Journal Article

Long-Term Effects of Highly Active Antiretroviral Therapy on CD4<sup>+</sup> Cell Evolution among Children and Adolescents Infected with HIV: 5 Years and Counting

Kunjal Patel, Miguel A. Hernán, Paige L. Williams, John D. Seeger, Kenneth McIntosh, Russell B. Van Dyke and George R. Seage

in Clinical Infectious Diseases

Published on behalf of Infectious Diseases Society of America

Volume 46, issue 11, pages 1751-1760
Published in print June 2008 | ISSN: 1058-4838
Published online June 2008 | e-ISSN: 1537-6591 | DOI: http://dx.doi.org/10.1086/587900
Long-Term Effects of Highly Active Antiretroviral Therapy on CD4+ Cell Evolution among Children and Adolescents Infected with HIV: 5 Years and Counting

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Background. Lower percentages of CD4+ T lymphocytes are associated with adverse clinical outcomes among children and adolescents infected with human immunodeficiency virus (HIV). CD4+ lymphocyte percentage generally increases with receipt of highly active antiretroviral therapy (HAART), but long-term follow-up is required to assess whether these increases in CD4+ cell percentage are maintained and whether they lead to normal CD4+ cell percentages in children with severe immunosuppression.

Methods. The study population included 1236 children and adolescents perinatally infected with HIV who were enrolled in a US-based multicenter prospective cohort study (Pediatric AIDS Clinical Trials Group 219/219C) and who were not receiving HAART at study initiation. We estimated the effects of HAART, HAART with protease inhibitors, and HAART with nonnucleoside reverse-transcriptase inhibitors on CD4+ cell percentage, using marginal structural models to account for confounding by severity.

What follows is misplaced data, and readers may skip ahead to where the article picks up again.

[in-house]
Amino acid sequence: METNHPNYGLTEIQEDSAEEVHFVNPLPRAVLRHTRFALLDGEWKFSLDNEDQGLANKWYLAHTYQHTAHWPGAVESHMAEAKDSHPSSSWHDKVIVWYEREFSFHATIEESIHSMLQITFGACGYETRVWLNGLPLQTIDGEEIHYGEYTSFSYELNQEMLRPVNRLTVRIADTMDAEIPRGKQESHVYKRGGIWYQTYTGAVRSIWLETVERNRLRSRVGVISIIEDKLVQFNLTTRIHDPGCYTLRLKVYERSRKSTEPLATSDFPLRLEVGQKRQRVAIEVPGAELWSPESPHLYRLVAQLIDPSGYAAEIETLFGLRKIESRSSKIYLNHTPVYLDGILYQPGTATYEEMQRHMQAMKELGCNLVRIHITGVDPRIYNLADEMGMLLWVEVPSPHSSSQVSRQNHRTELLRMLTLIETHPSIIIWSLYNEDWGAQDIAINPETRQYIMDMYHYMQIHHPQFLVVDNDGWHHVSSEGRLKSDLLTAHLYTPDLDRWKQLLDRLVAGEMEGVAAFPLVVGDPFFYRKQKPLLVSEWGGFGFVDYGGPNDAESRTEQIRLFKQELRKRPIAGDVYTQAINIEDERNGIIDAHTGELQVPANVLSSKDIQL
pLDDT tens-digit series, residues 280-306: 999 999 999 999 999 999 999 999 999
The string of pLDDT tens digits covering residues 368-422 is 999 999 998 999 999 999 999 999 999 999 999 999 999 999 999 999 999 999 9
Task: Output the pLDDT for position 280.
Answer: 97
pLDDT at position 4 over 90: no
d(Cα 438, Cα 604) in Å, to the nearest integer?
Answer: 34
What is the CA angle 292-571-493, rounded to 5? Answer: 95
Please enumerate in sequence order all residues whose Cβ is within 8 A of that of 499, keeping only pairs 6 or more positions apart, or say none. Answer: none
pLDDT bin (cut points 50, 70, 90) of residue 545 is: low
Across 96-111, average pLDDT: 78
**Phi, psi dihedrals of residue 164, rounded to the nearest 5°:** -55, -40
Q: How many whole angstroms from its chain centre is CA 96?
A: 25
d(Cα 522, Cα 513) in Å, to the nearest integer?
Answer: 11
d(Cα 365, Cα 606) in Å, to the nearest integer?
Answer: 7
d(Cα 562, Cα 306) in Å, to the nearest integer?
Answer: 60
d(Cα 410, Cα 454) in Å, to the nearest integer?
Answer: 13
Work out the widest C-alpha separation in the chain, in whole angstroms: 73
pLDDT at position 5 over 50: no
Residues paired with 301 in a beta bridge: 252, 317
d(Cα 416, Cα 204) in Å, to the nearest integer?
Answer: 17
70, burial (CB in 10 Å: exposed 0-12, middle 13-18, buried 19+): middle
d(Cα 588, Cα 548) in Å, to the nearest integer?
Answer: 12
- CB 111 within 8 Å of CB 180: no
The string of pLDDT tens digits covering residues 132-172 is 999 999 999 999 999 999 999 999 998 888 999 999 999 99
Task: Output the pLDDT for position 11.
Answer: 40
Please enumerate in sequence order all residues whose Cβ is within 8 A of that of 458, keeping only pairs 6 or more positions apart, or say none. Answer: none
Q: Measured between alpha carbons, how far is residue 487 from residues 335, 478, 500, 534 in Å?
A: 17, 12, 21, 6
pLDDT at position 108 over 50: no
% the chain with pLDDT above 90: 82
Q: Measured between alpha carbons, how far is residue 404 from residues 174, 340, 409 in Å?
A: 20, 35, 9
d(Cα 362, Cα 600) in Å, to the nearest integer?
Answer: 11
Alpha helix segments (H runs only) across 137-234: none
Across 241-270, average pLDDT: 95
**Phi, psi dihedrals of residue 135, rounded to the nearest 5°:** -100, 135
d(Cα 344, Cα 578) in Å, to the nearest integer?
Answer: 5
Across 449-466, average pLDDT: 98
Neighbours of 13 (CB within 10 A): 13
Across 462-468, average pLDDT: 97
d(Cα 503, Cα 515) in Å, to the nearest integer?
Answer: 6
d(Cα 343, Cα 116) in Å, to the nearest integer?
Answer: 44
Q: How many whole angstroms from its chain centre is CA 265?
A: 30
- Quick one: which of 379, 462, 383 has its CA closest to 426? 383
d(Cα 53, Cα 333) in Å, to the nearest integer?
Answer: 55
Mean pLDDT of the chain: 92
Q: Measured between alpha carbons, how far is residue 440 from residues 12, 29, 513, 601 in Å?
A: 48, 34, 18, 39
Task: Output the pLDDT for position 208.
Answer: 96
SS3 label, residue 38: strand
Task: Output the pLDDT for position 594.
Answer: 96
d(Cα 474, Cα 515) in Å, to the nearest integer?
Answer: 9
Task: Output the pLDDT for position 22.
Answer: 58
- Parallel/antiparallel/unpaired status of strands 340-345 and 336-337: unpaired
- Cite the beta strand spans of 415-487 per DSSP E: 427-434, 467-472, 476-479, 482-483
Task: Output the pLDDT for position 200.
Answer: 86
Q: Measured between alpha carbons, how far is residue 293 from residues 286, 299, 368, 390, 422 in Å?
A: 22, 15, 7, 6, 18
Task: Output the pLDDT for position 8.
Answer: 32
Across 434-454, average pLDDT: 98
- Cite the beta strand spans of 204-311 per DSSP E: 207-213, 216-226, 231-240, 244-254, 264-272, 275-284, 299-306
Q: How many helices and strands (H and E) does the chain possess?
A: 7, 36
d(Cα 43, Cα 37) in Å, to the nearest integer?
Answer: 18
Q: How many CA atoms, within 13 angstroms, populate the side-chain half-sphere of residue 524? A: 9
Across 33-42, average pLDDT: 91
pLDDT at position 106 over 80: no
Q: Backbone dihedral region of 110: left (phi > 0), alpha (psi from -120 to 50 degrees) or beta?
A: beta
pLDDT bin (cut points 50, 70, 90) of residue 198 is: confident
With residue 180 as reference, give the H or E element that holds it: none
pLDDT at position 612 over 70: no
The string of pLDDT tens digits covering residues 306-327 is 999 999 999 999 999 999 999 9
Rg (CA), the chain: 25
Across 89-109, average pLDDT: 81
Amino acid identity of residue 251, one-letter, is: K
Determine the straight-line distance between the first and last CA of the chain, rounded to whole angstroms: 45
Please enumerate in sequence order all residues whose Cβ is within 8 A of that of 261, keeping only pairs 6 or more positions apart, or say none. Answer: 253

Results. Initiation of any type of HAART increased CD4+ cell percentage by 2.34% (95% confidence interval, 1.35%–3.33%) in the first year, relative to noninitiation of HAART. The substantial increases in CD4+ cell percentage observed after the first year of experience with these combination therapies were followed by relatively smaller increases that continued for 5 years after initiation. Although larger increases in CD4+ cell percentage were observed among children with a greater degree of immunosuppression at baseline, the mean CD4+ cell percentage after 5 years of HAART did not reach normal levels.

Conclusions. Our study supports the initiation of HAART in children before severe immunosuppression occurs for long-term maintenance of normal CD4+ cell percentages. This beneficial result must be weighed against the evidence of potential adverse events associated with the prolonged use of such therapy.

Journal Article.  5834 words.  Illustrated.

Subjects: Infectious Diseases ; Immunology ; Public Health and Epidemiology ; Microbiology

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